Food bank raises thousands to help tackle period poverty

Pic: Bianca Van Dijk

Bow Food Bank, in Bow and Bethnal Green, raised over £5,000 within 48 hours last month to provide free menstrual products to the community. 

The campaign was run in partnership with Bloody Good Period and Big Give to raise awareness about period poverty and period dignity.  

Franziska Liebig, one of the three project leaders who call themselves the Period Champions, said: “Being disadvantaged just because you’re on your period…that shouldn’t be a 21st century thing”. 

She stressed that when women have limited access to period products like pads and tampons, many resort to using them for longer than the intended duration, leading to bacterial overgrowth, rashes, and, in some rare cases, toxic shock syndrome.

Research from 2022 revealed that 1 in 4 women who menstruate in the UK struggle to afford ample products, with organisations like Bloody Good Period estimating the lifetime cost of a period is £4,800. 

Liebig explained that when access to period products are limited, it can lead to crippling mental health impacts such as disrupted education through missed days of school and general reluctance to leave the house. 

Families in Tower Hamlets are entitled to  12 visits to Bow Food Bank, where they will be provided with toiletries or hygiene products in addition to food staples. 

Liebig said: “The pads [are] very, very popular. When they’re unavailable, we’ve had people say, ‘I’ll use my visit and come back another day’ – that’s how important [they are] to them.”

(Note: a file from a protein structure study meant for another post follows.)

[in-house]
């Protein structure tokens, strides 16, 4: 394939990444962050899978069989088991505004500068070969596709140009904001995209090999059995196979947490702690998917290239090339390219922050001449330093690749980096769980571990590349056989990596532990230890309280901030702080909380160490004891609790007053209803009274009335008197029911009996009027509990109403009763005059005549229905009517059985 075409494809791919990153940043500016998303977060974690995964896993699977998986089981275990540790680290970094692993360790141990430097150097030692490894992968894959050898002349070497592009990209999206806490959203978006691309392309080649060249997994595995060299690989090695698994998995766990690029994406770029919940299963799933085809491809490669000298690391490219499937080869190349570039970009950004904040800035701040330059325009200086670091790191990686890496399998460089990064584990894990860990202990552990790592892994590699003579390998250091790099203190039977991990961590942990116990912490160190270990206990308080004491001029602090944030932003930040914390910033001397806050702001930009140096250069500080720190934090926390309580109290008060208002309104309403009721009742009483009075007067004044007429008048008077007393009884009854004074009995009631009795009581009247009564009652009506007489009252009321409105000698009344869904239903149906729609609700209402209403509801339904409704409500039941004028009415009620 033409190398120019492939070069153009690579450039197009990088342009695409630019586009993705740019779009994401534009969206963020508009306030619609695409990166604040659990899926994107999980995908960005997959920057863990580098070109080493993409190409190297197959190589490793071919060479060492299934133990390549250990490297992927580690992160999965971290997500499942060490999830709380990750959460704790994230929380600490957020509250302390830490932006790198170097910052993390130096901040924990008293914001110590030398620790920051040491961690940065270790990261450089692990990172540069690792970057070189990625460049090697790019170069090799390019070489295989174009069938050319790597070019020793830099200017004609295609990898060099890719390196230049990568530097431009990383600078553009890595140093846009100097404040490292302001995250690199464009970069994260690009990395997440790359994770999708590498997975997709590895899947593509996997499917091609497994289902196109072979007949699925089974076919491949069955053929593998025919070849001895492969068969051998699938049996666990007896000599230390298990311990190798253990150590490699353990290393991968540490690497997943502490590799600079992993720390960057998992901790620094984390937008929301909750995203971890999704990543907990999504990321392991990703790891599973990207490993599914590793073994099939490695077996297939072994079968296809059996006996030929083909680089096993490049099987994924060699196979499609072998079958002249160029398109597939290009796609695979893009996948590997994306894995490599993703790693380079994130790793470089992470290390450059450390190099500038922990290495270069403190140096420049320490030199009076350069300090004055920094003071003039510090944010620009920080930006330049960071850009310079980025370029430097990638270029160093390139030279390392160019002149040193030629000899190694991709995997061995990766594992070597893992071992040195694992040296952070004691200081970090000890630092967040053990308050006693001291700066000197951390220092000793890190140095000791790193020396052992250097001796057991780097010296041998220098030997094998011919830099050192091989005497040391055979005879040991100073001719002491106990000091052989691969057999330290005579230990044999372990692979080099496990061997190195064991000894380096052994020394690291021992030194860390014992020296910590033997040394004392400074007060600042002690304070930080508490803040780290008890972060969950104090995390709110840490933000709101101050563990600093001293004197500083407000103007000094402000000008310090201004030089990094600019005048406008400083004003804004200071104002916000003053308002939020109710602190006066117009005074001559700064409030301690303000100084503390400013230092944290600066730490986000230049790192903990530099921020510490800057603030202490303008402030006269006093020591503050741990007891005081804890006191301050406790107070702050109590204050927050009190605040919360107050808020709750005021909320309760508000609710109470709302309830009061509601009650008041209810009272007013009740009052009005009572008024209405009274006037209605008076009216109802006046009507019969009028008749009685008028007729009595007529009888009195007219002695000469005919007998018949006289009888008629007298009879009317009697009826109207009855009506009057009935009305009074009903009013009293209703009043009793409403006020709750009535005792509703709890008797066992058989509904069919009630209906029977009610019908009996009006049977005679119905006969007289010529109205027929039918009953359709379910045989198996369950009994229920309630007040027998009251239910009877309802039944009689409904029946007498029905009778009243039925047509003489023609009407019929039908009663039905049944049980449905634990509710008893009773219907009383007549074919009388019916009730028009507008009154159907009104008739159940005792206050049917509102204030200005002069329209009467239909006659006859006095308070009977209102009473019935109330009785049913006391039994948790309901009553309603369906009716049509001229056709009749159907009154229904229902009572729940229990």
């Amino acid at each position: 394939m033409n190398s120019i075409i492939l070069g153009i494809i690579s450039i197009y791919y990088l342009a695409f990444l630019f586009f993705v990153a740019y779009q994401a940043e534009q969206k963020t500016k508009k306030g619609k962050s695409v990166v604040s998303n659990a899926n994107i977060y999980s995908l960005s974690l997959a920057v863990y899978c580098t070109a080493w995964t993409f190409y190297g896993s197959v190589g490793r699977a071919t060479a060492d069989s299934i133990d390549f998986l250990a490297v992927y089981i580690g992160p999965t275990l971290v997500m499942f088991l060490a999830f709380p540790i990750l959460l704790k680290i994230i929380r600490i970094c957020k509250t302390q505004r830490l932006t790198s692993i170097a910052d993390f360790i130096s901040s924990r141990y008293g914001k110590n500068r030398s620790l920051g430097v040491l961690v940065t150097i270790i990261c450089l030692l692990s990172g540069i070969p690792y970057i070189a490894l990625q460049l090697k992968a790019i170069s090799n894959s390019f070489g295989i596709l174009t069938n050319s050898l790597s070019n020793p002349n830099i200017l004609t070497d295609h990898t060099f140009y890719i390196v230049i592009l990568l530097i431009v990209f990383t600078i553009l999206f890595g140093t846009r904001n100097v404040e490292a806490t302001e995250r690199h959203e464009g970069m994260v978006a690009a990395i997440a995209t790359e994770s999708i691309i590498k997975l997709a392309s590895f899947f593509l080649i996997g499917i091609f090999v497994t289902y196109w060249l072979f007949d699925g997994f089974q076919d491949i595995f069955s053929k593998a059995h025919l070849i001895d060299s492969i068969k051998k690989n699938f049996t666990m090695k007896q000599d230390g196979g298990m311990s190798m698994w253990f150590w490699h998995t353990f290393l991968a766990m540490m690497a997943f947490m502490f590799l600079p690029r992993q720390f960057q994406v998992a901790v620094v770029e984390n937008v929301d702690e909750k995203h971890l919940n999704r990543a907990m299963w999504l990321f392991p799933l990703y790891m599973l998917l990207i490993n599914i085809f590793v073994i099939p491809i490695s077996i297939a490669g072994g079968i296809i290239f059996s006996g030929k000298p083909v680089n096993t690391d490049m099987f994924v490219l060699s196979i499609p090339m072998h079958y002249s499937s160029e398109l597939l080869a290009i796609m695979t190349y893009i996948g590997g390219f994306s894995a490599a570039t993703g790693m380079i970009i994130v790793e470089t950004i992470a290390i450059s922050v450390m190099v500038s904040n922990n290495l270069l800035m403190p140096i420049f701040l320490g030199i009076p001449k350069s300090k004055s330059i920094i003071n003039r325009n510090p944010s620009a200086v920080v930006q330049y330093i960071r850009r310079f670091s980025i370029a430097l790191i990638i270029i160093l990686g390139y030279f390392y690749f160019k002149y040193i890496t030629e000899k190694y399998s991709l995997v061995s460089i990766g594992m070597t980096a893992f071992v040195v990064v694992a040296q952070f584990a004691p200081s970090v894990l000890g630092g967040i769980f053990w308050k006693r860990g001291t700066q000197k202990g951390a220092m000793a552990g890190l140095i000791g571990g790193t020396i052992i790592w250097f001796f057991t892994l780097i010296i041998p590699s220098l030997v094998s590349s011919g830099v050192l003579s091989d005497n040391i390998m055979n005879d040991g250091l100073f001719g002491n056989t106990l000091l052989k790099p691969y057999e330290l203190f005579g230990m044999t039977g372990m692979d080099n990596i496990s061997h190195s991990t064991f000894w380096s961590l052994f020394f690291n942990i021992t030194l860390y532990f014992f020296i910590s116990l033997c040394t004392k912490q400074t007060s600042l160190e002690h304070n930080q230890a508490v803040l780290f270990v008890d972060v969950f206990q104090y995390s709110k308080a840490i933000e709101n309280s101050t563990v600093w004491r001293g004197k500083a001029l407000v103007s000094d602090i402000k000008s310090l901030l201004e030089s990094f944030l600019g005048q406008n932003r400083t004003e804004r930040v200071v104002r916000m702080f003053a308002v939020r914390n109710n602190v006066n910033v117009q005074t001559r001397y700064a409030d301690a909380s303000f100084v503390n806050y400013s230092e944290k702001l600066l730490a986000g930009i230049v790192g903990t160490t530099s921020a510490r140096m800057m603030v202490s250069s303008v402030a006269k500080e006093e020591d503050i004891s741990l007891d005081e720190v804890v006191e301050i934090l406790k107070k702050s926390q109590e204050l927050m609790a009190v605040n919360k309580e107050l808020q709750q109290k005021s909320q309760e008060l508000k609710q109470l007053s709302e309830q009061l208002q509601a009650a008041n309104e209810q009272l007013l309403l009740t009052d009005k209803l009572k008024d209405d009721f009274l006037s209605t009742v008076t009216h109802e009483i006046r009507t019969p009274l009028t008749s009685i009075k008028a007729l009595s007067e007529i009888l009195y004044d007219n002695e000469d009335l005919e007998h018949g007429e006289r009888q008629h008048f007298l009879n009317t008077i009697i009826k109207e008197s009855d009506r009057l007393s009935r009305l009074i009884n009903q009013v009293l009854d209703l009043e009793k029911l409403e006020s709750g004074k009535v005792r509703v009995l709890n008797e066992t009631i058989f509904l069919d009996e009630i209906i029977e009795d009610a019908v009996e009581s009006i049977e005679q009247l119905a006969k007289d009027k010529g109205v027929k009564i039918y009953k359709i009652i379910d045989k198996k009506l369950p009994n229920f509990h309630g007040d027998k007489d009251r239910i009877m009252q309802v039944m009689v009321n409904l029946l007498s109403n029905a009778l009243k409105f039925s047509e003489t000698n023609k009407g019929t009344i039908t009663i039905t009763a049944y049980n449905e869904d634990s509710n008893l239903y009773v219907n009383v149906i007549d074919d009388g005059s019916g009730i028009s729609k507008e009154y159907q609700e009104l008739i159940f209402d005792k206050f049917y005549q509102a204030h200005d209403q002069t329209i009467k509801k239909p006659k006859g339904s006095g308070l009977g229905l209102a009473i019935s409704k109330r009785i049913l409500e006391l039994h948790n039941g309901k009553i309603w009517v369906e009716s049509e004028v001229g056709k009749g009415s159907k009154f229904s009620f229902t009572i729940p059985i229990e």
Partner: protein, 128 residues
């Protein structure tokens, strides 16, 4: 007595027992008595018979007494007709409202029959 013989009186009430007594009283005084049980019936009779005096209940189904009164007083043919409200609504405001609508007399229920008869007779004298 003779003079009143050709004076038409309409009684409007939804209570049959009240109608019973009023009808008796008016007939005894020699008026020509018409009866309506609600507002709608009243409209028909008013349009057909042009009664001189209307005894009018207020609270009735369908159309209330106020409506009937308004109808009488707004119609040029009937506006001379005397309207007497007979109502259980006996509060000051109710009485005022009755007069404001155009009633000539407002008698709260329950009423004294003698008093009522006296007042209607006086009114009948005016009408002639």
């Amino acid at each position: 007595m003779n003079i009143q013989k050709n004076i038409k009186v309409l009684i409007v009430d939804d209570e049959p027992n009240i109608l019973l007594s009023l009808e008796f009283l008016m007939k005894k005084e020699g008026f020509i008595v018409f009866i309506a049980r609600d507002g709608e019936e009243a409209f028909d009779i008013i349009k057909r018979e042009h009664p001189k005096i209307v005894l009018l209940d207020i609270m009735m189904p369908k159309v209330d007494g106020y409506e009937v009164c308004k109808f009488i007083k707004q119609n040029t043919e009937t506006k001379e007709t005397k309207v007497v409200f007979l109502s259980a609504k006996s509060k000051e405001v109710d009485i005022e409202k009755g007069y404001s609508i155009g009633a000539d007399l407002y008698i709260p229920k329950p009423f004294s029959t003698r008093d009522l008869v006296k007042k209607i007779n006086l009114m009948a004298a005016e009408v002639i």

Bow Food Bank provide around 18,500 period products a year, but with the cost-of-living crisis, supply no longer meets demand.

The Period Champions are hoping to fund more sustainable alternatives, such as period pants and menstrual cups. 

Despite requiring a higher upfront investment, such products will be more environmentally friendly and financially viable, as menstrual cups can typically be washed and reused for several years. 

However, Liebig explained, with an overwhelming Bengali Muslim community in Tower Hamlets, the male head of the family is often the one coming in for collection, and conversation around period products is limited to pointing to the picture of pads. She said: “There are language barriers, and also just taboos around periods and bleeding.” 

The UK has come a long way from deeming necessary period products ‘luxury goods’ by abolishing the tampon tax. All state-maintained schools and education organisations for 16-19 year-olds funded by the Department for Education are eligible to order free period products for students

However, according to the not-for-profit campaign group Free Periods, less than half of schools and colleges have actually signed up for the scheme. 

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